SYMPOSIA PAPER Published: 01 April 2024

Examining the Structure-Function Relationship of Block Copolymer Soil Surfactants in Sand-Based Putting Greens


Soil surfactants are important for water management on golf courses, particularly sand-based putting greens. However, understanding functional differences among products is challenging for many practitioners. Product transparency is lacking, creating a need to evaluate turfgrass soil surfactants on an active-ingredient basis. For amenity turfgrass, nonionic block copolymers (poloxamers) are the largest and most widely used soil-surfactant chemical category. The objective of this research was to compare individual poloxamers for their effectiveness as stand-alone soil surfactants based on soil volumetric water content (VWC) and turfgrass quality. A 2-year study was conducted on a sand-based creeping bentgrass (Agrostis stolonifera L.) putting green. The study used a two-factor split-plot design arranged as a randomized complete block with four replications. Irrigation was the whole-plot factor, with two levels: 60% and 80% evapotranspiration replacement. Six soil-surfactant treatments were applied to individual split plots and included four structurally related poloxamers (181, 182, 184, and 188), an untreated control (UC), and a commercial standard (CS) (an alkyl-terminated block copolymer). Poloxamers all had the same molecular-weight hydrophobe, but each contained a different hydrophile percentage. Surfactants were applied every 28 days and immediately irrigated with 5 mm water. VWC was measured across 3.8 and 7.6 cm using time-domain reflectometry. Turfgrass quality was assessed visually (on a scale from 1 to 9) and through digital-image analysis. Results indicated that above-ground turfgrass quality did not necessarily reflect below-ground VWC. Across variable weather conditions, Poloxamers 181 and 182, which had the lowest hydrophile percentages, were not significantly different from the CS, whereas Poloxamer 188, which had the highest hydrophile percentage, was not significantly different from the UC. These results indicated that longer hydrophile chains may reduce the perceived effectiveness of turfgrass soil surfactants in sand-based putting greens. Results also demonstrated the need to further explore the structure-function relationships of turfgrass soil-surfactants.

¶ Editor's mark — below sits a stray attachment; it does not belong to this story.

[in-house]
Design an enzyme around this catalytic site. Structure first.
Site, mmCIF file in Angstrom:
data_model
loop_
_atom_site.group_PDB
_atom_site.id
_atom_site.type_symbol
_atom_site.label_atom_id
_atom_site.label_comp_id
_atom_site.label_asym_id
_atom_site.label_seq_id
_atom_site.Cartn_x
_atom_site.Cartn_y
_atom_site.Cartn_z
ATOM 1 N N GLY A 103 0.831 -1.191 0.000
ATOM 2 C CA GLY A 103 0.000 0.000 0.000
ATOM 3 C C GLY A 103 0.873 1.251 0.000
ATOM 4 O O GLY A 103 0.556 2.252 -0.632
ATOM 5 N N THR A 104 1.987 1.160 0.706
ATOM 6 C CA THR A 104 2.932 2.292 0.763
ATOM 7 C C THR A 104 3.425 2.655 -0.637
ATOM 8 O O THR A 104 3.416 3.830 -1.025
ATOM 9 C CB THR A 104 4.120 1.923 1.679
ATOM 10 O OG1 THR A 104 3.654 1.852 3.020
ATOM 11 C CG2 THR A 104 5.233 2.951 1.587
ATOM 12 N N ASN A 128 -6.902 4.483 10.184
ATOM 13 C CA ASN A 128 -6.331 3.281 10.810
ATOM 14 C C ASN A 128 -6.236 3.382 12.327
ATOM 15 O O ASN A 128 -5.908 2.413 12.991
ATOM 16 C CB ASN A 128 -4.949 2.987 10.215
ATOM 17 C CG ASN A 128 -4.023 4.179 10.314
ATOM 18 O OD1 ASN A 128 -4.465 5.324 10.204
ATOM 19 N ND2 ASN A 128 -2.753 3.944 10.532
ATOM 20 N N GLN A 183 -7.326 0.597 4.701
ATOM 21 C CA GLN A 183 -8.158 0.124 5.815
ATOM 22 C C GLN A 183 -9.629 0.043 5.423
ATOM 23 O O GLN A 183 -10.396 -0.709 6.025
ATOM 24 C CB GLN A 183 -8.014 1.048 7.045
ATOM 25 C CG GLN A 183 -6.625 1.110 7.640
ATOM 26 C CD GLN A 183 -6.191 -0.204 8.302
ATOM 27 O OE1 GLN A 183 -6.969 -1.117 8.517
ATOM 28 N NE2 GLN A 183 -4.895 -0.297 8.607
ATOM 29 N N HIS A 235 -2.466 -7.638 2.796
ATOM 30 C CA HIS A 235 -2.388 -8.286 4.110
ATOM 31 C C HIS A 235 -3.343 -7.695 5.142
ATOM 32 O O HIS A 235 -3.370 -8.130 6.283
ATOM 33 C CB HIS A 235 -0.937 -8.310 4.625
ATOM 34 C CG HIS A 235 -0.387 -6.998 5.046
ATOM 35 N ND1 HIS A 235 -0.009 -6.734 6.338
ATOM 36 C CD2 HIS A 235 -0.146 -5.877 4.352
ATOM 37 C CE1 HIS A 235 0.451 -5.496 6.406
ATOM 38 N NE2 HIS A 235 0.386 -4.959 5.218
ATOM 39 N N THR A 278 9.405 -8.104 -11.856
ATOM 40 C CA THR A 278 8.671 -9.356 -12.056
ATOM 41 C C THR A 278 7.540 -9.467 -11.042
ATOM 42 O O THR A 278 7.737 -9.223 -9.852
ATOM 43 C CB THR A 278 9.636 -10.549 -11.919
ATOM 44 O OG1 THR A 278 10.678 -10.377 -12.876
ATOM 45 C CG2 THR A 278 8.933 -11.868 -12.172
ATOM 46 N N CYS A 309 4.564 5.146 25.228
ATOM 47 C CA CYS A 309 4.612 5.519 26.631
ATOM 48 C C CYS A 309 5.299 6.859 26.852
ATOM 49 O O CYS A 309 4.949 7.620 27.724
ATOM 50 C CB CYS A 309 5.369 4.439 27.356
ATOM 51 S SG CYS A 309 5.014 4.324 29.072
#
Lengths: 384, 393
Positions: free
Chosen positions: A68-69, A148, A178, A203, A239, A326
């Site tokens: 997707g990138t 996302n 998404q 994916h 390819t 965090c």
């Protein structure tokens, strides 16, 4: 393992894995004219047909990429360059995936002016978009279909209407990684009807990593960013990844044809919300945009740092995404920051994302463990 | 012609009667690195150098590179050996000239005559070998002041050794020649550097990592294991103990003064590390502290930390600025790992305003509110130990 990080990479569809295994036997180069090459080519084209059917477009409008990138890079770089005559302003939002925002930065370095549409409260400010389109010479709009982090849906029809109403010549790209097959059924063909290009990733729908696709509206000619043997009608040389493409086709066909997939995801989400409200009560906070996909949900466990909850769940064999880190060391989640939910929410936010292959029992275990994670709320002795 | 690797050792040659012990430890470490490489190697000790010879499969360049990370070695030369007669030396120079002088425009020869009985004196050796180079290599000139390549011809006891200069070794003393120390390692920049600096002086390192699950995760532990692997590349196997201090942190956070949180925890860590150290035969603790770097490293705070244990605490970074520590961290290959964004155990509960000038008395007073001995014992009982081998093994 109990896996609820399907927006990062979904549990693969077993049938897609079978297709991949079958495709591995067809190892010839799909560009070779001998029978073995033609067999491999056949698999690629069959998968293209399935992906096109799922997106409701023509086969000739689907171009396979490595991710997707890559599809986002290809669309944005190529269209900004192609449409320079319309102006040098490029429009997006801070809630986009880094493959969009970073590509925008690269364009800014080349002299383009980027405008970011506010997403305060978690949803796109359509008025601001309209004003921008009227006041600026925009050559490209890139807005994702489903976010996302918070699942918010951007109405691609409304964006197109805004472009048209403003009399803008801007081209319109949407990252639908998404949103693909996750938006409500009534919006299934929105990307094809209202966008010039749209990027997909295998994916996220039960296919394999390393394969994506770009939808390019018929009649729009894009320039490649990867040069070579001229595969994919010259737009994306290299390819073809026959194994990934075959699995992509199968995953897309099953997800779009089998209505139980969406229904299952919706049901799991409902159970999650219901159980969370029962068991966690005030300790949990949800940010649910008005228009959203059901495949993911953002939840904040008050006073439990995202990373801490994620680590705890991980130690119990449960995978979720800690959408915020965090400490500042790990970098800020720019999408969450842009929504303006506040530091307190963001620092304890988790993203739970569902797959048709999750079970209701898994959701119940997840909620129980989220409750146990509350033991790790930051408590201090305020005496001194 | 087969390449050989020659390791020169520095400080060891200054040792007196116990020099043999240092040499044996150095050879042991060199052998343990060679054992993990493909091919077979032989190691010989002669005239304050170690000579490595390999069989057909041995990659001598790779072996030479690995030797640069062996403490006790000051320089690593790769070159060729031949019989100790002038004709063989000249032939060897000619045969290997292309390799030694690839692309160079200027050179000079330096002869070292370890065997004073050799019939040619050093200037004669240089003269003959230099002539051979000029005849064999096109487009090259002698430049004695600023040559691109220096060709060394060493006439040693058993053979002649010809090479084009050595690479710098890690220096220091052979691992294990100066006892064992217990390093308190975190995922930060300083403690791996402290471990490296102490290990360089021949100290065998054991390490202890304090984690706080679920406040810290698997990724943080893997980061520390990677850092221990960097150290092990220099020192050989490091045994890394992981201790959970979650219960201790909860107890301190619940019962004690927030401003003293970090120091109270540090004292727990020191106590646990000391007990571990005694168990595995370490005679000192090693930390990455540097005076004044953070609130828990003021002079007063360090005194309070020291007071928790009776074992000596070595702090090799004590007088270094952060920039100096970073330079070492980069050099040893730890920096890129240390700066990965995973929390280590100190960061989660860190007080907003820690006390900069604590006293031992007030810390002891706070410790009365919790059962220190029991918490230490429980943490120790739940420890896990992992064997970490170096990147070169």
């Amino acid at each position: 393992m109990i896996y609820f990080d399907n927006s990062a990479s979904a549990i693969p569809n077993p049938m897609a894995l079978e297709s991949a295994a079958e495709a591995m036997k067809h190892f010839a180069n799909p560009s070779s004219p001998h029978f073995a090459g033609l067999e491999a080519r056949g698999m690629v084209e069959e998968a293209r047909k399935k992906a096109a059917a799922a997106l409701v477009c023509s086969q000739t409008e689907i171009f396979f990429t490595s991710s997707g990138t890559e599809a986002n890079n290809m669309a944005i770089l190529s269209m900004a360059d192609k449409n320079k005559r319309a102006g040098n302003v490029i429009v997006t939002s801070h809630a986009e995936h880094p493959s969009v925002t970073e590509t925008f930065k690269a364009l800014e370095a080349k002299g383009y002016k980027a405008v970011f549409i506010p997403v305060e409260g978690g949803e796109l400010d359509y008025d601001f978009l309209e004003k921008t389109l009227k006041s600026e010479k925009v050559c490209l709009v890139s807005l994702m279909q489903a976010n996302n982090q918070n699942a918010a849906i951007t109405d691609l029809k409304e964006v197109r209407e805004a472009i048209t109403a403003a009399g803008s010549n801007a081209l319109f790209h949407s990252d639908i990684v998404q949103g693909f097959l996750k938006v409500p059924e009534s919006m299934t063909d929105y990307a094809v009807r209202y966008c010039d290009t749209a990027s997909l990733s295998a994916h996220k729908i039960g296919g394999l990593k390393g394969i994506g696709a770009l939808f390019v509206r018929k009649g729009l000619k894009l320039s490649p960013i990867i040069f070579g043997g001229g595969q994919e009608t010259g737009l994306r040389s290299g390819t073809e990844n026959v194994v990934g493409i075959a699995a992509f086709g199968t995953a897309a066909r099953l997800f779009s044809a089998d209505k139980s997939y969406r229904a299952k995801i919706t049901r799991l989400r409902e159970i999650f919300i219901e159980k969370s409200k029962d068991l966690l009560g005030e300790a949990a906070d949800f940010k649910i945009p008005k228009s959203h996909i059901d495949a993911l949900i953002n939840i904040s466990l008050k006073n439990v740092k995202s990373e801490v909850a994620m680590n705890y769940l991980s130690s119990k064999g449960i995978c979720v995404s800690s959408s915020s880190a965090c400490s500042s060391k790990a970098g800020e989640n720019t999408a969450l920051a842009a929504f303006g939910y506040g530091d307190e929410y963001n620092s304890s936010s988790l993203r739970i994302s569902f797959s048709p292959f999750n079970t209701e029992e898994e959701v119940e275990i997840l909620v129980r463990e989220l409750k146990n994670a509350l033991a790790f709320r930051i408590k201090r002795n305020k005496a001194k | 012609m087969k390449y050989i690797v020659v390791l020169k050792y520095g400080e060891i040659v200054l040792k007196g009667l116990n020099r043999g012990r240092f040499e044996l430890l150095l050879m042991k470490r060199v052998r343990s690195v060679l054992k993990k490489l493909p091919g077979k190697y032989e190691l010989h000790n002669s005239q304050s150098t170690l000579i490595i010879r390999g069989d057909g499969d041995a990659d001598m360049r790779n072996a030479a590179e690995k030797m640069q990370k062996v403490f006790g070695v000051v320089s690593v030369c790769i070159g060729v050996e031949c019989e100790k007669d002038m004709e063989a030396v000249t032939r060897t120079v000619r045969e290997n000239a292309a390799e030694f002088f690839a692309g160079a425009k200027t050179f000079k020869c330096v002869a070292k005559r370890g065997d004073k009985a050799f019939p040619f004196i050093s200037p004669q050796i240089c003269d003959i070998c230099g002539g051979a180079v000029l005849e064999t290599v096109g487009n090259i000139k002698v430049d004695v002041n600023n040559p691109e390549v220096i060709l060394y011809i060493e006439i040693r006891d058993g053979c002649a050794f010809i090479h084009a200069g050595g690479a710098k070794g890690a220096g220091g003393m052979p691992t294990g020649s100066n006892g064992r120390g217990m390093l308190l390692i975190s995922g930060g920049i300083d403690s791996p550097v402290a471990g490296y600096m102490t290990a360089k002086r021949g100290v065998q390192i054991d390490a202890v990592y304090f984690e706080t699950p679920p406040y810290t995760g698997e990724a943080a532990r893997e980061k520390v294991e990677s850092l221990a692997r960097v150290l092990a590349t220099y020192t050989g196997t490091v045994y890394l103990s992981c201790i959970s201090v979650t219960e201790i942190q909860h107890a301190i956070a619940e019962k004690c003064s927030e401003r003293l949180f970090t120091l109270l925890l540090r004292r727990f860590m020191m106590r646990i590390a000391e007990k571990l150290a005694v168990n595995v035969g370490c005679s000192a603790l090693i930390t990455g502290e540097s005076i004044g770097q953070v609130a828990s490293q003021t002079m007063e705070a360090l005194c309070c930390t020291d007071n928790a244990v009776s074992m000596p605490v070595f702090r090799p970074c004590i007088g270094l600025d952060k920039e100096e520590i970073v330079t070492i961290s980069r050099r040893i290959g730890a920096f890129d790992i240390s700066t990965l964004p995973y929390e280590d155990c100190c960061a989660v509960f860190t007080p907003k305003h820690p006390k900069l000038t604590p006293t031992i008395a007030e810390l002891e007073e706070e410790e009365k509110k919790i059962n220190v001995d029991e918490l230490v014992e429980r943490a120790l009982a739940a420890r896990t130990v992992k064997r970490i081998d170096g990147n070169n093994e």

Author Information

O'Brien, Daniel
Dept. of Horticulture, University of Arkansas, Fayetteville, AR, US
Richardson, Mike
Dept. of Horticulture, University of Arkansas, Fayetteville, AR, US
Kostka, Stan
RhizoSolutions LLC, Athens, GA, US
Karcher, Doug
Dept. of Horticulture and Crop Science, The Ohio State University, Columbus, OH, US
Price: $25.00
Contact Sales
Reprints and Permissions
Reprints and copyright permissions can be requested through the
Copyright Clearance Center
Pages: 61–80
DOI: 10.1520/STP165120230008
ISBN-EB: 978-0-8031-7750-5
ISBN-13: 978-0-8031-7749-9